Germany is by many seen as a leader in renewable energy development. Of the 615 TWh (1 TWh = 1 billion kWh)) produced in 2011 7.5 % was produced by wind and 3.1 % by solar (almost all is photovoltaic, PV). All renewable energy sources added up to 19.9 %. In 2012 the portion of renewable energy produced had grown to 22 %. On October 3 this year (2013) at noon wind and PV reached a record peak of 59.1 %.

Wind and solar is heavily subsidized by the German government/tax-payers. It is estimated the subsidies are in the magnitude of 20 billion Euros per year.

The driver for developing all the green energy with wind and solar is concerns about global warming and a recognition of the necessity to reduce greenhouse gases.

But there seem to be competing drivers at play as well. The bulk of the electric generation in Germany is from coal fired power plants. In 2011 lignite (“brown coal”) fired power plants produced 24.9 % of the electric energy and another 18.6 % came from power plants using anthracite (“hard coal”).

Coal, predominantly brown coal, is one of the few domestic energy resources Germany has. By hard history Germany has learnt the importance of domestic energy resources. The brown coal is also a low cost fuel, partly thanks to direct subsidies, about $6B annually, and indirectly, supported by a WWII era law from 1937, which allows brown coal mining companies to relocate people and communities more or less at will. Consequently, it is not surprising that the domestic brown coal has been the fuel of choice for German power generation. It seems to continue to be the choice for quite some time ahead.

The driver to support its coal fired generation is probably a contributing factor to the decision to phase out all its nuclear power plants, which emit zero carbon dioxide (CO2). This decision came shortly after the Fukushima March 11 2011 event in Japan, even though Germany is not exposed to earthquakes or tsunamis like Japan is. 8 reactors have now been shut down. Remaining 9 reactors are scheduled to be shut down by 2022.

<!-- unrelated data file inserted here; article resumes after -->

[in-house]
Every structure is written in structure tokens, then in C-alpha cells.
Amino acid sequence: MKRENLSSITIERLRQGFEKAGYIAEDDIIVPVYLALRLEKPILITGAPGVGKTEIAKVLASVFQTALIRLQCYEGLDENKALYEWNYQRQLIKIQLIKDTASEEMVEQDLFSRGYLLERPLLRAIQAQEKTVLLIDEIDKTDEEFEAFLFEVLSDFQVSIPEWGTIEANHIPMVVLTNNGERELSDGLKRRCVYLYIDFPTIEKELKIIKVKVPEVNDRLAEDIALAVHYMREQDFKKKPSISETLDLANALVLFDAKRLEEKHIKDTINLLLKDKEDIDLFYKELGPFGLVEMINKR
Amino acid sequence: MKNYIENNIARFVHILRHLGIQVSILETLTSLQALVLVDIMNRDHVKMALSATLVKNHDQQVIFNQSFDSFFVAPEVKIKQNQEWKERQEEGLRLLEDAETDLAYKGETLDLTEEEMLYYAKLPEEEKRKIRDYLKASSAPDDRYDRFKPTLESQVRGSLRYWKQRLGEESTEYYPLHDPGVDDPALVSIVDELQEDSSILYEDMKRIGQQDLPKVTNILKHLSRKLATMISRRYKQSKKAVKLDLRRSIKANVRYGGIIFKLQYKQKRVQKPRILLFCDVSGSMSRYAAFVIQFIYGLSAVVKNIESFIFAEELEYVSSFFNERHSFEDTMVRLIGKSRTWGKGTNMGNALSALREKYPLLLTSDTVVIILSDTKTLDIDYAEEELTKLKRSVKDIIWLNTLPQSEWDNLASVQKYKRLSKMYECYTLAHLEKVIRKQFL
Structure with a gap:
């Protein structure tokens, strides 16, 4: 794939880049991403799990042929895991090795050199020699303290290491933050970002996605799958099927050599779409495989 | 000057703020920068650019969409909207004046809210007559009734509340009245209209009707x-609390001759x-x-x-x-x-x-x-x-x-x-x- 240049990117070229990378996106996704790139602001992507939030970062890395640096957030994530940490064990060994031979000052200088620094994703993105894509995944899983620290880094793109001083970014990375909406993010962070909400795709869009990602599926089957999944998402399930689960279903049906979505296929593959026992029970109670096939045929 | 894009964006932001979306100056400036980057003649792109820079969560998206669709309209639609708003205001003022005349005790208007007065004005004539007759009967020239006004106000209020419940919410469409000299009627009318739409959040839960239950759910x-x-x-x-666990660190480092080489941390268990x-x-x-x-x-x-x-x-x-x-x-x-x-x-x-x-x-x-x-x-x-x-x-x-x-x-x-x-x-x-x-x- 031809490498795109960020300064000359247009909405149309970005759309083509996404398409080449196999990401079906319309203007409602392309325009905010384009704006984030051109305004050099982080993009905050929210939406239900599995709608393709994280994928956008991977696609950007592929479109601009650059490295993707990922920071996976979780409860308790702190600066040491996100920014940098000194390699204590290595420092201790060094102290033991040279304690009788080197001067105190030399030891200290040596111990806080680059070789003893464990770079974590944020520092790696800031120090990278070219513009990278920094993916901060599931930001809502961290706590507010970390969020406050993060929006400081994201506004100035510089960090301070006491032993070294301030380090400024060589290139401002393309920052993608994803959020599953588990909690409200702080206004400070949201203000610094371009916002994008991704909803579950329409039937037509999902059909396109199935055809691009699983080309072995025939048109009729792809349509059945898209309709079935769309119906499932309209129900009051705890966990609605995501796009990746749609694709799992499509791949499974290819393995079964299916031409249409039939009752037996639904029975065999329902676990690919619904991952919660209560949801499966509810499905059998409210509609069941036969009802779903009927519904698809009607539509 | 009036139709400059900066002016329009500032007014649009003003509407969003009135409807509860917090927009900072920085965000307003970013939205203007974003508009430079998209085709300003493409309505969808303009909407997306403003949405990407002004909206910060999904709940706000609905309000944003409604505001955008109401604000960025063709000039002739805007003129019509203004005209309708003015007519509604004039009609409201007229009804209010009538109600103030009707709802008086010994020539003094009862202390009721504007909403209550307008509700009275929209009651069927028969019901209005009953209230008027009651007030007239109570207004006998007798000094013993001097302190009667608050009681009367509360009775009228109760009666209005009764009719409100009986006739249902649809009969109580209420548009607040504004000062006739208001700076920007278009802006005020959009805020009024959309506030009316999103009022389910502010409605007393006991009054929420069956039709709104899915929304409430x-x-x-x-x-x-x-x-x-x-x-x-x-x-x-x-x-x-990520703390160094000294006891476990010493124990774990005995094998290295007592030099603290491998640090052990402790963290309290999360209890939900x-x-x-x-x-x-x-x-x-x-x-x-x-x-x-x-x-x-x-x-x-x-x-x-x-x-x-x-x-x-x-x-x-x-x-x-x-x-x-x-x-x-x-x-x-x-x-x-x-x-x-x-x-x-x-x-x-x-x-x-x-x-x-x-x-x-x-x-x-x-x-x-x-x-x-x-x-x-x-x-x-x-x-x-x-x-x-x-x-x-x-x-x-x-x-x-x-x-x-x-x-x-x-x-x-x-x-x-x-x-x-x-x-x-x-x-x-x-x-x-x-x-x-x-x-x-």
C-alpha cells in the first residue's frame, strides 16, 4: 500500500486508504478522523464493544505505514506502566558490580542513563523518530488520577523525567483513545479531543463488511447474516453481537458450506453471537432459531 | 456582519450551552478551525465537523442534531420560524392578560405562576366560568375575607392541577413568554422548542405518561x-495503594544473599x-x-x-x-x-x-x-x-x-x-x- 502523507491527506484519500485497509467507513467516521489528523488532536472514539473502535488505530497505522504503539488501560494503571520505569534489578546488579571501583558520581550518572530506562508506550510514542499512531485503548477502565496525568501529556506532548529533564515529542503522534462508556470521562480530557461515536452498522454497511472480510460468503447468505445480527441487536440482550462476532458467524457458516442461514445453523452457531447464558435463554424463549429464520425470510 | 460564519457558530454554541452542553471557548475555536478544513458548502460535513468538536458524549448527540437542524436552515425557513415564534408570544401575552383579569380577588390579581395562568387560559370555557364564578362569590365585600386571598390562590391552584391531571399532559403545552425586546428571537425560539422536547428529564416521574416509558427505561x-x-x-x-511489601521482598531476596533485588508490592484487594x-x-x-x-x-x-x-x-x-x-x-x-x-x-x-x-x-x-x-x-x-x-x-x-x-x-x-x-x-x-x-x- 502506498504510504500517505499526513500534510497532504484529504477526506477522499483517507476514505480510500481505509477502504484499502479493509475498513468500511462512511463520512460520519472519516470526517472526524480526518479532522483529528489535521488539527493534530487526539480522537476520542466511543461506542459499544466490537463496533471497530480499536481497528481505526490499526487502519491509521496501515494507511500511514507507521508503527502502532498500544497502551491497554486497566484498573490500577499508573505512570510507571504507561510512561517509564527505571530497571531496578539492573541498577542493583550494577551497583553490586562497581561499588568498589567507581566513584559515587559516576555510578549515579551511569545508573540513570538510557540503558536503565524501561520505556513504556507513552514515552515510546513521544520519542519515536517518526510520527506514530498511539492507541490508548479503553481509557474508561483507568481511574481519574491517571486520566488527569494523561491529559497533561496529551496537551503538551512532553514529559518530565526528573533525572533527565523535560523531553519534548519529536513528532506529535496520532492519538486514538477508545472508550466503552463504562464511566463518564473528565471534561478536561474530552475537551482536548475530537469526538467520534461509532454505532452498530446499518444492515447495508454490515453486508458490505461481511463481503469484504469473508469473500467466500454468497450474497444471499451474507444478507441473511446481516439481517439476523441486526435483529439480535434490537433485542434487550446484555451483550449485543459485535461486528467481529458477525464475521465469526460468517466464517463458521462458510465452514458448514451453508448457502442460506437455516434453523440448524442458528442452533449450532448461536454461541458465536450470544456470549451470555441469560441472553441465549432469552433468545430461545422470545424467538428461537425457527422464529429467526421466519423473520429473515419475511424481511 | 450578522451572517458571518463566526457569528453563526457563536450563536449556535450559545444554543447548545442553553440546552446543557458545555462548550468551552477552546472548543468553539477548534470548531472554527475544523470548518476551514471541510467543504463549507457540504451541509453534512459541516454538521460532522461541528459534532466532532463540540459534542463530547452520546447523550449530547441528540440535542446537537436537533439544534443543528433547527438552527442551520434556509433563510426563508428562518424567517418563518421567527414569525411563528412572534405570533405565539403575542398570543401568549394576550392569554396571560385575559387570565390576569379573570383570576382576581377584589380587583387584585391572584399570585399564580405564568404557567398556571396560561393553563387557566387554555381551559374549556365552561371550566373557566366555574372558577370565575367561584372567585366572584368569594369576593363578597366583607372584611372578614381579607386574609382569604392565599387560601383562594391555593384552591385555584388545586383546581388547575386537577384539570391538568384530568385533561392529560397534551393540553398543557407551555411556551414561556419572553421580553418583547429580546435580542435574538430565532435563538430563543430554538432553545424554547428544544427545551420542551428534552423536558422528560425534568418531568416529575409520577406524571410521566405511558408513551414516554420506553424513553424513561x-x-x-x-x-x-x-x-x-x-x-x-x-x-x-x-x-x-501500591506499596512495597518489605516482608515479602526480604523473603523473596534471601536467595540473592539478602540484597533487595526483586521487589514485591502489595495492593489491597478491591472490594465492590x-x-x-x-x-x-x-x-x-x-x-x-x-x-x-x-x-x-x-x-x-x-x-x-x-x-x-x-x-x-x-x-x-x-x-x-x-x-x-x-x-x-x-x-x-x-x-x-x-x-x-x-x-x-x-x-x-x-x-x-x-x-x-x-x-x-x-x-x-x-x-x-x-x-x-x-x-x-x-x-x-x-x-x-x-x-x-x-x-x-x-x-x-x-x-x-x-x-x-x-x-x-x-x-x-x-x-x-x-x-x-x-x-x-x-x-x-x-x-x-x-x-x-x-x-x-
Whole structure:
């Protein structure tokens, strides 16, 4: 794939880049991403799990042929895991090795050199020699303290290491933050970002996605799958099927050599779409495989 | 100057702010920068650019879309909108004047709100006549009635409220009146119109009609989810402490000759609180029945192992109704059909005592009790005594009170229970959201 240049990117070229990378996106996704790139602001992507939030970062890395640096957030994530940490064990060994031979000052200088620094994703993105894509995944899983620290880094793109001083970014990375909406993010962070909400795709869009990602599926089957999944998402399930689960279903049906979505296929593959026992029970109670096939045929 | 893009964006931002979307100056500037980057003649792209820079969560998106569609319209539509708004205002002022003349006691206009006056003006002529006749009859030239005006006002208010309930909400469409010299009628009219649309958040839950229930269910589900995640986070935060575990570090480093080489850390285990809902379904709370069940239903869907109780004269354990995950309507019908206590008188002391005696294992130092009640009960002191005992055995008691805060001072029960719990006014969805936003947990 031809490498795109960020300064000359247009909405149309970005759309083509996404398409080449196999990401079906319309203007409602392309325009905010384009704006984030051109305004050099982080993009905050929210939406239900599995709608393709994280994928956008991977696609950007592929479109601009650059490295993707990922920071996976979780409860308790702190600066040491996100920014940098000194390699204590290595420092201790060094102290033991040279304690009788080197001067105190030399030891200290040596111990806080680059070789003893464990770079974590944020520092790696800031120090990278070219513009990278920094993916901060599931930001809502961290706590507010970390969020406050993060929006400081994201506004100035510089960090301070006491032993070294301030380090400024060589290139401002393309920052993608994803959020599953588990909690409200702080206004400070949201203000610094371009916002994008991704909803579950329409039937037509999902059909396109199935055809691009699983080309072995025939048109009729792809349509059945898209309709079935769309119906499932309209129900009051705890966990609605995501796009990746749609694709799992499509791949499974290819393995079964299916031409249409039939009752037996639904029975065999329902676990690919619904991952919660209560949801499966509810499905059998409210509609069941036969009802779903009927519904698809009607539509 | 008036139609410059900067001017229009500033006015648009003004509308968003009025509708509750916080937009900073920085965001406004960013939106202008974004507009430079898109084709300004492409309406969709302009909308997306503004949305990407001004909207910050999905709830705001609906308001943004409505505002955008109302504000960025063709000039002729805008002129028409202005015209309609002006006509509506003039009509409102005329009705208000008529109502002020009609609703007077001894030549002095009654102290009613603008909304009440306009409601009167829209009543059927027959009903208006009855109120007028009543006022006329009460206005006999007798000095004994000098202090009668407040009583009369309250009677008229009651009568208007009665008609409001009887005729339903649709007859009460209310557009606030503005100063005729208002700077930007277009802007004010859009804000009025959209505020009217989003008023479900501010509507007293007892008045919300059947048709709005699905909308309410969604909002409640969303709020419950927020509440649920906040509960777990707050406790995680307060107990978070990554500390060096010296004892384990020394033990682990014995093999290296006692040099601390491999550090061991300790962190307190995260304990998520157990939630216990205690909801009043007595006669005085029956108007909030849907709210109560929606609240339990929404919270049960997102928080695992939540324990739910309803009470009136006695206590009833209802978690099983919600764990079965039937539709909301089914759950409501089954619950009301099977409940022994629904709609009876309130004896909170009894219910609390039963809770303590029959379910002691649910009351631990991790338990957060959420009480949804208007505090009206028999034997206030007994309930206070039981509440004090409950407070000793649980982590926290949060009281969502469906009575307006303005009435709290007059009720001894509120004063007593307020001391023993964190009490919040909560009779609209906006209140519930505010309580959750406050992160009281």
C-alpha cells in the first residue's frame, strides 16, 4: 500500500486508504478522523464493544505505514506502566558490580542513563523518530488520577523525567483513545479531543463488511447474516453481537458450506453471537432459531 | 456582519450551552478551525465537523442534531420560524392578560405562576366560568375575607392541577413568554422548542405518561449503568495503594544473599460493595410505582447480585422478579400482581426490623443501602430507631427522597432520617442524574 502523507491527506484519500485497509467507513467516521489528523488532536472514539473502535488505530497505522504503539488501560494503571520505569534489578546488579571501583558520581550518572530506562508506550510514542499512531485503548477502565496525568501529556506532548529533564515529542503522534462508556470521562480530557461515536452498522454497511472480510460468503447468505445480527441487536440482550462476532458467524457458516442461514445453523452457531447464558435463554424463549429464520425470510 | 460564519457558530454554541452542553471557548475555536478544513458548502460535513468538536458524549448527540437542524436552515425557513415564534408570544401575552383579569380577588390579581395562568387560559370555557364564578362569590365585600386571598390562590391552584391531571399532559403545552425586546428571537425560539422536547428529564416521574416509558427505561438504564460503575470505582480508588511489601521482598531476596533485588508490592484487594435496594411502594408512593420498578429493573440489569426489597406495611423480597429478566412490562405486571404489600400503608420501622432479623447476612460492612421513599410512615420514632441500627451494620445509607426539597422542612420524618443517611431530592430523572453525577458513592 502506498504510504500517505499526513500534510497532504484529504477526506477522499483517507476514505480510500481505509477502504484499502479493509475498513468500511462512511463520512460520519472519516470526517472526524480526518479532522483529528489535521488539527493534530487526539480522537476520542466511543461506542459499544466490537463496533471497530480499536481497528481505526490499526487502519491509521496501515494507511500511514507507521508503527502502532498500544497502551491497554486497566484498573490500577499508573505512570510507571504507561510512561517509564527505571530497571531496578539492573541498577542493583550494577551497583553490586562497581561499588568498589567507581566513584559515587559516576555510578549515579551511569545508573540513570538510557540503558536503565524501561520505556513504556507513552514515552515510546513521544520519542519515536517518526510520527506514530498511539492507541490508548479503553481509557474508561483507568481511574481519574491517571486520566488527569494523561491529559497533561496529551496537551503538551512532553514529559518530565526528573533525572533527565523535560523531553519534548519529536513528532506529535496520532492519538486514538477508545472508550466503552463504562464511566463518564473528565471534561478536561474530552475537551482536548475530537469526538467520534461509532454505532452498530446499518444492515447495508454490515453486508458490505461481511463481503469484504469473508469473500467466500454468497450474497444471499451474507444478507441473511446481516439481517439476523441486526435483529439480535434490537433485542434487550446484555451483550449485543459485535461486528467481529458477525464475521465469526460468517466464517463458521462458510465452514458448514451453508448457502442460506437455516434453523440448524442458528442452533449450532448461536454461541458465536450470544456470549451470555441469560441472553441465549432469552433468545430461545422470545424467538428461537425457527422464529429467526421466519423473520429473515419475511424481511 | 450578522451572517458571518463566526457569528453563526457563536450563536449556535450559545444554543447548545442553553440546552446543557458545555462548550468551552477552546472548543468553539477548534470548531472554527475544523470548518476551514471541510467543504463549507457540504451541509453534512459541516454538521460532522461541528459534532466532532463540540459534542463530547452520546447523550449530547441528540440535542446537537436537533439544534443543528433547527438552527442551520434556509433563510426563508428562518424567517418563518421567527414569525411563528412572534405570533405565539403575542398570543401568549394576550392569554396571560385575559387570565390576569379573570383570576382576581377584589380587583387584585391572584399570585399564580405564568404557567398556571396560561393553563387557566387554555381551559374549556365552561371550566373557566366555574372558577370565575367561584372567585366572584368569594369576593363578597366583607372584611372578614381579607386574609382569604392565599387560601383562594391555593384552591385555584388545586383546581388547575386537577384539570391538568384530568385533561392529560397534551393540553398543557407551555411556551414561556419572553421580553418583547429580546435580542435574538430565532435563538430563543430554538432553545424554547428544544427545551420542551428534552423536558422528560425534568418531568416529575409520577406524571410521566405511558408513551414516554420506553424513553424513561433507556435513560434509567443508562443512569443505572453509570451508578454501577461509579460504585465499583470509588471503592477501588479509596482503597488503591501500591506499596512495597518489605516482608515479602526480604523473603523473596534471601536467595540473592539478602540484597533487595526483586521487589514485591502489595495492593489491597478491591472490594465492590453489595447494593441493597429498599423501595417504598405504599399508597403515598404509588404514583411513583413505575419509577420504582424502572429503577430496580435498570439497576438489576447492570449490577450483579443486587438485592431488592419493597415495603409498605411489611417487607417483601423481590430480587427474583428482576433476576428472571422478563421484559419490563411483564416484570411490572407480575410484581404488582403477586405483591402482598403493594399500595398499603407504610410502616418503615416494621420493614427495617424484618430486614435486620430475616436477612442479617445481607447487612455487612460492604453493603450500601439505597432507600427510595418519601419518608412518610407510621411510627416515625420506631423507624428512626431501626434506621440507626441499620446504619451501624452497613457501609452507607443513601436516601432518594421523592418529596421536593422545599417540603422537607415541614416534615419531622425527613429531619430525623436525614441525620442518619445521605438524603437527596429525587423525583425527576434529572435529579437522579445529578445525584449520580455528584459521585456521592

The same driver may be at play when Germany is not replacing the coal plants with state-of-the-art combined cycle natural gas power plants (CCGT). Natural gas fired CCGT’s not only emit less CO2 but they also provide more flexibility to the grid operators, making it easier to bring on more intermittent green power, wind and solar! Contrary to the situation in USA the price of natural gas in Germany is not competitive with coal. Developing and importing shale gas from Poland and Ukraine would most likely make natural gas much more competitive, but it is not happening.

Instead there are more new coal fired power plants coming on line in Germany. 10 new coal plants with the total capacity of 11 000 MW have/will come into service during 2012 – 2014. For example RWE, the largest German electric utility, energized 2 new units in 2012 at Neurath, each at 1100 MW. Even though these new units are state-of-the-art supercritical steam turbines with 43 % net electric efficiency, still it is far from the 60 % net electric efficiency of a CCGT.

Bottom-line, near-term it looks like Germany will increase greenhouse gases. In fact in 2011, which was well before the full impact of phasing out the nuclear plants had been felt, CO2 emissions from the power plants increased by 4 % compared to 2010. Indications are that CO2 emissions in 2013 will be 5 % higher than in 2012.

The German government will continue to expand wind and solar. The stated target is to reach 45 % renewable energy by 2025. But, stated or not, without nuclear and no/slow adoption of natural gas fired CCGTs, it looks like the proportion of coal fired power plants will stay equally high.